Having all this clearly set out in advance lets the students make their own informed decisions about how to prioritize their tasks. In particular, setting a definite pass/fail threshold means that they'll know exactly how much work they need to do to pass the course, and that if they don't meet that threshold, they will fail.

Yes, some students will probably use this as an excuse to skip some fraction of the discussion classes, figuring that they'll still score enough points in the exams to pass — but those are the same students who otherwise probably wouldn't bother with the homework at all, figuring that you wouldn't fail them just for that as long as they did reasonably well in the exams.

Choosing the point scores and thresholds is up to you, but a fairly common choice around here seems to be that the exams make up 50% of the possible points, and 50% of the total is also the minimum level needed to pass. Thus, in principle, one can pass the course without any classroom participation... as long as one is confident of getting an absolutely perfect exam score. (FWIW, as a personal anecdote, I did that once as an undergrad — I signed up for the final exam of a course with such a grading policy, mistakenly thinking it was a stand-alone exam, and managed to just barely pass. Got the lowest possible passing grade, though.)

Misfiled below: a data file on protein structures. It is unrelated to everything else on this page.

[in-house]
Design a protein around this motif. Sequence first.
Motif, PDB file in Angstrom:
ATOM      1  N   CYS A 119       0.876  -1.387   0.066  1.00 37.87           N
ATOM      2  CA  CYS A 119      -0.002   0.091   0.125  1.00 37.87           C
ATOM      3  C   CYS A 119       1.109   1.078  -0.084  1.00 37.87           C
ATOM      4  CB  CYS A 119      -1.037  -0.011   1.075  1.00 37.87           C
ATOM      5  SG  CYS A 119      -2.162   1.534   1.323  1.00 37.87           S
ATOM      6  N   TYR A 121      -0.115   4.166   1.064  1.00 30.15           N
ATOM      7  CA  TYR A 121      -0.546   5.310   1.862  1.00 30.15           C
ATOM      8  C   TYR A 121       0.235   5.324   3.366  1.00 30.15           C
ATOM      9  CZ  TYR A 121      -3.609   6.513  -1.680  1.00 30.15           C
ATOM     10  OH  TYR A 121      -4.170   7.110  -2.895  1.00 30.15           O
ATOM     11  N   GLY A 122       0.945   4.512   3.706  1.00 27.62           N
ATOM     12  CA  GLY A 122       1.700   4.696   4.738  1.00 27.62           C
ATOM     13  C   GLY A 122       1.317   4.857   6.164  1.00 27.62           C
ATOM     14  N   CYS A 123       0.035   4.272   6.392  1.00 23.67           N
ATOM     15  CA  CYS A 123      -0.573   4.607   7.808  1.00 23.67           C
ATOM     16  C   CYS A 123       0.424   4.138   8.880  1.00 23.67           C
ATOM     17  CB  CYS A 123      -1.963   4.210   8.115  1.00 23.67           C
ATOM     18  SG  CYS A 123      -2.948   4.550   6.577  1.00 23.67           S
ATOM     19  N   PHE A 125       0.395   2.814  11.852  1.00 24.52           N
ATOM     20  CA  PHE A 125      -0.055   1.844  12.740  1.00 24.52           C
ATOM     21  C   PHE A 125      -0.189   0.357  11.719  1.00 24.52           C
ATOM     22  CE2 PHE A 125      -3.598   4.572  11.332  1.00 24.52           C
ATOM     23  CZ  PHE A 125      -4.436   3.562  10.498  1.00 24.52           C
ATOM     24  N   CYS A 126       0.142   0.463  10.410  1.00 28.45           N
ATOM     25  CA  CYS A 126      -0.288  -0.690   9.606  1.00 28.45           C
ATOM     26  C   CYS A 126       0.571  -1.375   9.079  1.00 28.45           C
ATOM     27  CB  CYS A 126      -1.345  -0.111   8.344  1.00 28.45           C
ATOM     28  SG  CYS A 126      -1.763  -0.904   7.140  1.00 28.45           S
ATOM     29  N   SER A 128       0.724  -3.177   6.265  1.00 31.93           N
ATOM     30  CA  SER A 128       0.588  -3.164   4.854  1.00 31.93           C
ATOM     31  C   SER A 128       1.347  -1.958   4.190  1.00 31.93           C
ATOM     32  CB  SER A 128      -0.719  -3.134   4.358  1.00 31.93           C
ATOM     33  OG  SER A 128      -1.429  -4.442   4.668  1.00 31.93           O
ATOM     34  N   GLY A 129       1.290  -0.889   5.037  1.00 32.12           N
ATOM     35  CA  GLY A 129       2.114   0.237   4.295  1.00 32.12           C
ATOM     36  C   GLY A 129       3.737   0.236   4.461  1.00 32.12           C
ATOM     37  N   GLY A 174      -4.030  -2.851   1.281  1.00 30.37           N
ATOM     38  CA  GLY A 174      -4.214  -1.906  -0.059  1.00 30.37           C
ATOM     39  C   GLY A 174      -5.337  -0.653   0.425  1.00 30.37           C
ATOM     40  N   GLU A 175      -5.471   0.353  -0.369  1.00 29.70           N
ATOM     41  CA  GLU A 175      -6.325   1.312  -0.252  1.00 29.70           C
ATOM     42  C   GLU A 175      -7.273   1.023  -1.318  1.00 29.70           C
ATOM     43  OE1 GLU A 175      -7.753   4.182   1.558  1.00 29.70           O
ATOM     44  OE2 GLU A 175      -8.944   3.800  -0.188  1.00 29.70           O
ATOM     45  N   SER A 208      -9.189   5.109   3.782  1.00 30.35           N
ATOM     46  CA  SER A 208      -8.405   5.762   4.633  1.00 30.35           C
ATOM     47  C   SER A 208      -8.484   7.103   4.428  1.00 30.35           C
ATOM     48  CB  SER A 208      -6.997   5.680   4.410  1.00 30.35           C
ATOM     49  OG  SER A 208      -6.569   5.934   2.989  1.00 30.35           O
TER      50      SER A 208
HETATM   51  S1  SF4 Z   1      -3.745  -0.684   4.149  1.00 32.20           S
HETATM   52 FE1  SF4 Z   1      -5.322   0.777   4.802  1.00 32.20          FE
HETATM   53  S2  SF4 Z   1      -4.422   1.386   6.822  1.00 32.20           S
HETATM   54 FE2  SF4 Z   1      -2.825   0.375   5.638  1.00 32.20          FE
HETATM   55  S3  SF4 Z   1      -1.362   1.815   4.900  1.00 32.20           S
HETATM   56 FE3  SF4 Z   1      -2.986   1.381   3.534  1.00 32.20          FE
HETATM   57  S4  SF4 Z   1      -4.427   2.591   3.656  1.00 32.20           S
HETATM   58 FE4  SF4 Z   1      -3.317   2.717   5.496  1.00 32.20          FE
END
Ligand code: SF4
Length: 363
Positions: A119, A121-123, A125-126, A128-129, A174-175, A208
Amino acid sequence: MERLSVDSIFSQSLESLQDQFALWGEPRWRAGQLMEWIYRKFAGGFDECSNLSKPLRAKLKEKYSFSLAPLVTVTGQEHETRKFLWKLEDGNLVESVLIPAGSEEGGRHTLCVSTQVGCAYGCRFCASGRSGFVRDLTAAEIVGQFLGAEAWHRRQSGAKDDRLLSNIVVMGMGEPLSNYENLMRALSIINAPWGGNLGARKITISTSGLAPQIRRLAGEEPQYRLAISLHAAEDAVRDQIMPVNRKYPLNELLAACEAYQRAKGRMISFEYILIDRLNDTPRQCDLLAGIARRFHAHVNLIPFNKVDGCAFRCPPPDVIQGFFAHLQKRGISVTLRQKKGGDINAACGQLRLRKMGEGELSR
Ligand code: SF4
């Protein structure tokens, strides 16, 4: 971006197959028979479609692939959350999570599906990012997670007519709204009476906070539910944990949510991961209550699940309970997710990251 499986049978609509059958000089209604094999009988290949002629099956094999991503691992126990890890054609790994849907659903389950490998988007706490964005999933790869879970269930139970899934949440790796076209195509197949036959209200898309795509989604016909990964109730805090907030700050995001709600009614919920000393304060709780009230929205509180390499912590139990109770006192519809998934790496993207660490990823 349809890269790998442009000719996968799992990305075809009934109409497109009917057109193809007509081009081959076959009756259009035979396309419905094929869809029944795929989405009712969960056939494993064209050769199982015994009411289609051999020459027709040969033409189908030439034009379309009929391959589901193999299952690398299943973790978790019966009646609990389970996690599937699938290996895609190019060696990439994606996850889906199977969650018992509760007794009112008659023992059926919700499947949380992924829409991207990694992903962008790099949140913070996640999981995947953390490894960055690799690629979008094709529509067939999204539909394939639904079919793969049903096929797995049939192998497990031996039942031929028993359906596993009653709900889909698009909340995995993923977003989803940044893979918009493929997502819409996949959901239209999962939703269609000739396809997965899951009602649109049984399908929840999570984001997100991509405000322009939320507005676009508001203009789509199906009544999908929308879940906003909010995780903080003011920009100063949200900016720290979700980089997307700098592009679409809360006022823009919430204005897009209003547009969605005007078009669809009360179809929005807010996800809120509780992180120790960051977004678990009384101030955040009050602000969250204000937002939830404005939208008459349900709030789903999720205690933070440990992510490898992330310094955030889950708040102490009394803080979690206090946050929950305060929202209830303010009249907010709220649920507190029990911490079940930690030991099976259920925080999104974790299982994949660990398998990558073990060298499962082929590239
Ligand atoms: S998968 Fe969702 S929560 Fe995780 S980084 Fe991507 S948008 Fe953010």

So much for the stick; you'll also want a carrot to go with it. I'd suggest telling your students that the aim of the course is not to stress them out, and that you're willing to adjust the homework to fit their workload, within reason, as long as they'll tell you in advance when they expect to be busy and when they'll have more time. Depending on how varied your students' schedules are, this might even involve some personalized assignments for students who, for some reason, won't be able to attend as many classes as they want or need to.